It’s not just today. Last week, for example, we went for a quick walk round the block, bumped into one of Anna’s closest school friends and her mum and brother, went for milkshakes at the local cafe, then to the playground where we came across more friends from school and their parents. The children ran around like crazy things, with Sophia desperately following on behind. The adults chatted, and gave into several requests for “five more minutes”, before heading home far too late to prepare the sensible fish pie I’d planned, meaning that the children (uncomplainingly!) had eggs, beans and potato croquettes for tea. A good time was definitely had by all.

I am absolutely not the most spontaneous person in the world, but I’m finding this manageable degree of spontaneity really relaxing. And there’s no denying that not having to spend half my time writing elaborate packing lists or living out of a suitcase is enjoyable as well. I love travel, and in future summers I very much hope we’ll be off on our adventures again. But for now, the stage Sophia is at and the busyness of our lives over the last few months means that chilling at home and letting our little mini-adventures serendipitously discover us feels like exactly the right thing to be doing.

saltwaters

 

End of an era

Well, in just over half an hour I will go and pick Anna up from her last ever day at Infants. Where did that time go? It feels like yesterday we took her for her very first day in Reception, and then husband and I went out for lunch afterwards to take our minds off worrying about her constantly until it was pick up time. And now it’s all done. That little girl, barely out of the toddler phase, has grown up so much, developed her independence, learnt to read and write and do fractions. Learnt to manage, and thrive, without mummy around for most of the day.

We couldn’t have asked for a better school, and she has loved pretty much every minute. Juniors is part of the same school, but on a different site, so moving up feels like a bigger deal than I think it might for some people. Anna is looking forward to it, mainly: “a bit nervous, but excited nervous if you know what I mean, Mummy”, and I know she will cope just fine. Better than fine, I think she’ll relish new challenges and new experiences. She is ready and eager to grow up and move on, and I’m so proud watching her, whilst also wanting to press Pause, just for a little while and keep my little girl little for a little bit longer.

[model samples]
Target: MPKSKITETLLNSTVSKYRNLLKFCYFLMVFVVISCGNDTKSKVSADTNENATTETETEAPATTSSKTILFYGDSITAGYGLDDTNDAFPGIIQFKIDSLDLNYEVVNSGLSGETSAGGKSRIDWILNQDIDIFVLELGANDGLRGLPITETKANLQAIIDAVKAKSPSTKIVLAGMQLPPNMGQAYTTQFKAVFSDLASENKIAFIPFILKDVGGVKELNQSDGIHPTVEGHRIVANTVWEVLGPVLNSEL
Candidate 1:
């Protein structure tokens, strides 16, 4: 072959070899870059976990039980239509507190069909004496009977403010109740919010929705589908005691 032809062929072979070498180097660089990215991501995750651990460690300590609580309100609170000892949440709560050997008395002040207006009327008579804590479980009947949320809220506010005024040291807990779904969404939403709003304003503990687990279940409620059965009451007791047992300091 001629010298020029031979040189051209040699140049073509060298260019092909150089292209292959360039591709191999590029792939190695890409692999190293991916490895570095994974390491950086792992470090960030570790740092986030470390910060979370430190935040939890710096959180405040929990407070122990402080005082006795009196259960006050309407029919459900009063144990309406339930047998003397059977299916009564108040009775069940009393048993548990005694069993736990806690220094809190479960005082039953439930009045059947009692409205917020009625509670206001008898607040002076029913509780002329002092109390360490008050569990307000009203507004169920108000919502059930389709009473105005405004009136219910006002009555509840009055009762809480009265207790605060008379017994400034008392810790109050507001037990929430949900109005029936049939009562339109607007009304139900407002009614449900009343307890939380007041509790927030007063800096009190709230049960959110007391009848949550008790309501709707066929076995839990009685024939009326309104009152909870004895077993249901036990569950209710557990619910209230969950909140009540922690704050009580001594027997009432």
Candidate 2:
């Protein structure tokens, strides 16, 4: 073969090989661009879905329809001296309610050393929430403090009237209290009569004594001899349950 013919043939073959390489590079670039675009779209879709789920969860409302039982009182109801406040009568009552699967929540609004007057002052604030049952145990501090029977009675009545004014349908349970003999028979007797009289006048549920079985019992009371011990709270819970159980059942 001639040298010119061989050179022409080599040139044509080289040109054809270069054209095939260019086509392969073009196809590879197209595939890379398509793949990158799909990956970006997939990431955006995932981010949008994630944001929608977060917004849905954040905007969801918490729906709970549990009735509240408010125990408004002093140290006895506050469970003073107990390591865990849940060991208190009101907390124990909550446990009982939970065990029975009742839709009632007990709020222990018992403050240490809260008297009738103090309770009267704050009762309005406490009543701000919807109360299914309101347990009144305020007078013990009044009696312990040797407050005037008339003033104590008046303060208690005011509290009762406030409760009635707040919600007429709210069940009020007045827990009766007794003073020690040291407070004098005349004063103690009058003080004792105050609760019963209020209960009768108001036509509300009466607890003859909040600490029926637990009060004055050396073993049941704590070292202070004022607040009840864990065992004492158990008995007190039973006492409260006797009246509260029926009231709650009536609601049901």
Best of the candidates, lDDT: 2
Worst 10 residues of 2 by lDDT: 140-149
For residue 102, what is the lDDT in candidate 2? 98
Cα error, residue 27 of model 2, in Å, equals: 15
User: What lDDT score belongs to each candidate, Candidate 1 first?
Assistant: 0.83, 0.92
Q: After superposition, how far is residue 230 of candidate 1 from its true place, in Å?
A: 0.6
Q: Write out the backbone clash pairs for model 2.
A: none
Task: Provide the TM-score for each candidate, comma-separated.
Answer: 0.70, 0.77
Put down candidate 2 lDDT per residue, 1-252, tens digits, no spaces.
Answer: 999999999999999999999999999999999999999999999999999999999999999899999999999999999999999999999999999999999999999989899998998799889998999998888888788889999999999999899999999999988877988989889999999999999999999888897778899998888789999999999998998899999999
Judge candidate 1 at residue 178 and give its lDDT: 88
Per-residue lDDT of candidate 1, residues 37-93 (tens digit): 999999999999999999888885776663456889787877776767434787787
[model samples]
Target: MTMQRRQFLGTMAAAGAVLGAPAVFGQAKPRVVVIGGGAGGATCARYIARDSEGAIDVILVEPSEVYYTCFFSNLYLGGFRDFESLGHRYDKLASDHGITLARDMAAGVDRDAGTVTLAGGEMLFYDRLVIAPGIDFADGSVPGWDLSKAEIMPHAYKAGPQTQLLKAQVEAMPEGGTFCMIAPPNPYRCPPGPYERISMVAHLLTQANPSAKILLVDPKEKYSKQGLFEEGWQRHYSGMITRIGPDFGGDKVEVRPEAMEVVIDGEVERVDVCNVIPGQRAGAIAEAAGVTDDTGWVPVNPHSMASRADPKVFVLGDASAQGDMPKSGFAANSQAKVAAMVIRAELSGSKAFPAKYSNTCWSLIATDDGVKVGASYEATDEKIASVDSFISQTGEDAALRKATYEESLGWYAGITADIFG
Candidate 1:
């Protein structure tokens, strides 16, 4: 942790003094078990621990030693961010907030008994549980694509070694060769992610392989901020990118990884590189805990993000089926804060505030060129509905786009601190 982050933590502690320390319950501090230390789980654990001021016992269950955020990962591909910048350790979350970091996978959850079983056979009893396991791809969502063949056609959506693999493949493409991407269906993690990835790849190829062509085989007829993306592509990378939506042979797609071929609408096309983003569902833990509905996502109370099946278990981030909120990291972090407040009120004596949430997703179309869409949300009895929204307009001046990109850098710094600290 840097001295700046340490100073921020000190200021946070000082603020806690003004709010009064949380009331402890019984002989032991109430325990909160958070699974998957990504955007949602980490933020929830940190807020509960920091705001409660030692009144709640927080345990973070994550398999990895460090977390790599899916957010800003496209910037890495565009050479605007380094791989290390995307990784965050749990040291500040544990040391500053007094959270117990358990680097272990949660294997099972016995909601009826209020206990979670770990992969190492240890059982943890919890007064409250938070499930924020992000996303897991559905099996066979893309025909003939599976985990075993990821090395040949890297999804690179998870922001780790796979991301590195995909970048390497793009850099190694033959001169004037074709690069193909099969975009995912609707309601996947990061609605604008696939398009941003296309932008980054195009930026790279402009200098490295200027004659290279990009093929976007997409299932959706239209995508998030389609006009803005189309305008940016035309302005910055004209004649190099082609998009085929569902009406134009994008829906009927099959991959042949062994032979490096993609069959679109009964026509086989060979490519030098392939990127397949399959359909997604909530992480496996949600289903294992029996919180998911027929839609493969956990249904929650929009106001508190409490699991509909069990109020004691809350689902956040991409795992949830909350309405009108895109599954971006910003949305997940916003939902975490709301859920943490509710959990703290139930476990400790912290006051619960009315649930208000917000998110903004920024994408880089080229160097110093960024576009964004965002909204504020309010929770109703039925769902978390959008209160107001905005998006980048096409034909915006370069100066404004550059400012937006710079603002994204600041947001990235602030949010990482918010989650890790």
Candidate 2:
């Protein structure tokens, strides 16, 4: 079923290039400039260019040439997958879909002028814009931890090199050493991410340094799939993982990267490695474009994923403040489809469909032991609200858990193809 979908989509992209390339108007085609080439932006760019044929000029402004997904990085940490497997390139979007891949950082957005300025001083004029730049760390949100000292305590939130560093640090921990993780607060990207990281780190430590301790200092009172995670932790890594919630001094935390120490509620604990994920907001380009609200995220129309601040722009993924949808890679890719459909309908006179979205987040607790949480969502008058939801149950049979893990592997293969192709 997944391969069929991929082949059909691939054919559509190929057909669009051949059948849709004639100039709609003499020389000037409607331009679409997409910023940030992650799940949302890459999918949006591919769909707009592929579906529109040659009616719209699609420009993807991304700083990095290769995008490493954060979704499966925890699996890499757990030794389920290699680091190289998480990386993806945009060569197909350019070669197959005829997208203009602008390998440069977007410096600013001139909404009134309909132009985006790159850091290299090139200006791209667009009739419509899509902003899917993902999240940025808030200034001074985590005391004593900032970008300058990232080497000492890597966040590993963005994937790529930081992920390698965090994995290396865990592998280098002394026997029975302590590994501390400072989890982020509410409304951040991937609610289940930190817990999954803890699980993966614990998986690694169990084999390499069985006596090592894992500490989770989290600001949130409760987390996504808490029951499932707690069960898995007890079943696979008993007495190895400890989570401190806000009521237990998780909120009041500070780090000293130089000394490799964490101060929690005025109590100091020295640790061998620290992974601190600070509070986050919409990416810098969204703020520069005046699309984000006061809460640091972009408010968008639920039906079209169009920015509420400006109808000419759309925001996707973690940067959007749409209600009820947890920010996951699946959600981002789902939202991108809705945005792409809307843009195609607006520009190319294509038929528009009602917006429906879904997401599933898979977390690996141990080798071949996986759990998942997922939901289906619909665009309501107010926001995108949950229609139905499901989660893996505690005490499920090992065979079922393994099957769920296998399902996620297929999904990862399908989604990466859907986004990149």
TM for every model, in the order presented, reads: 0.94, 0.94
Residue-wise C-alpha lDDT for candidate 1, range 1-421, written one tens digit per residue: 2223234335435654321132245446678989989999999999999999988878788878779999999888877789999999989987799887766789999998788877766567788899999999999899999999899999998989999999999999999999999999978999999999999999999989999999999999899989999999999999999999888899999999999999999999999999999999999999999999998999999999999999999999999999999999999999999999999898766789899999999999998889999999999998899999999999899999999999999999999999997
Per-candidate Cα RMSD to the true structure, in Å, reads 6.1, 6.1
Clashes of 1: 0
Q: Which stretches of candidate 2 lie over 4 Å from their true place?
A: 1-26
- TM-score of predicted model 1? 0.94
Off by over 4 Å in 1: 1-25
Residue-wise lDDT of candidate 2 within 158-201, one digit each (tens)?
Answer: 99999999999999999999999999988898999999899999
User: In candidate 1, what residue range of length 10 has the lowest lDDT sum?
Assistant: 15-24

Before Juniors, though, we have a summer to look forward to. She has eagerly anticipated trips planned to see and stay with both sets of grandparents, and I’ve been making a list of activities and day trips which work for a 7 year old and a 19 month old. It’s quite short so far, but actually if the weather carries on like this then they’re both pretty happy playing various very splashy games in their tiny paddling pool in our tiny garden with an ice-cream every so often.

Here’s to some lazy, hazy, crazy summer days which contain no school runs. Here’s to making the most of both children at the lovely ages they are right now. Here’s to me remembering to keep the freezer stocked with Mini Magnums and the fridge stocked with post-bedtime white wine. And here’s to my patience not totally deserting me by the middle of next week, leaving me desperate for Anna to go back to school, any school, just as long as I get some peace and quiet! Happy Summer, everyone.

summer fun

 

School’s (almost) out for the summer!

In just under an hour I’ll be collecting Anna from school for her six week holiday, and I Just. Can’t. Wait. This has been such a long half-term, at the end of the year which has seen the biggest change in her life, and she is exhausted. Absolutely on her knees. I’m longing to have her at home to cosset and cuddle and just hang out with. Six whole weeks when I don’t have to spend the first ninety minutes of the day barking instructions – “Eat your porridge, finish your milk, clear your dishes, clean your teeth, wash your face, get dressed, find your sunhat/bag/water bottle/hoodie/gloves/bookbag/homework folder, put your shoes on.” And, above all “Hurry up, hurry up, hurry up!”.

I’m quite proud of myself, though. A whole school year during which I have been at various points, heavily pregnant, recovering from a c-section, recovering from a broken foot and looking after a newborn baby, and Anna has only collected one late mark (caused by a last minute poonami from her sister which required a full change of clothes for me and her. Don’t ask.) The rest of the time, come hell or high water, we have screeched through the school gates at 8.50am. Other than the days when my parents have been here. “I don’t have to run the last bit when Grandad takes me to school, Mummy”, Anna informed me the other morning.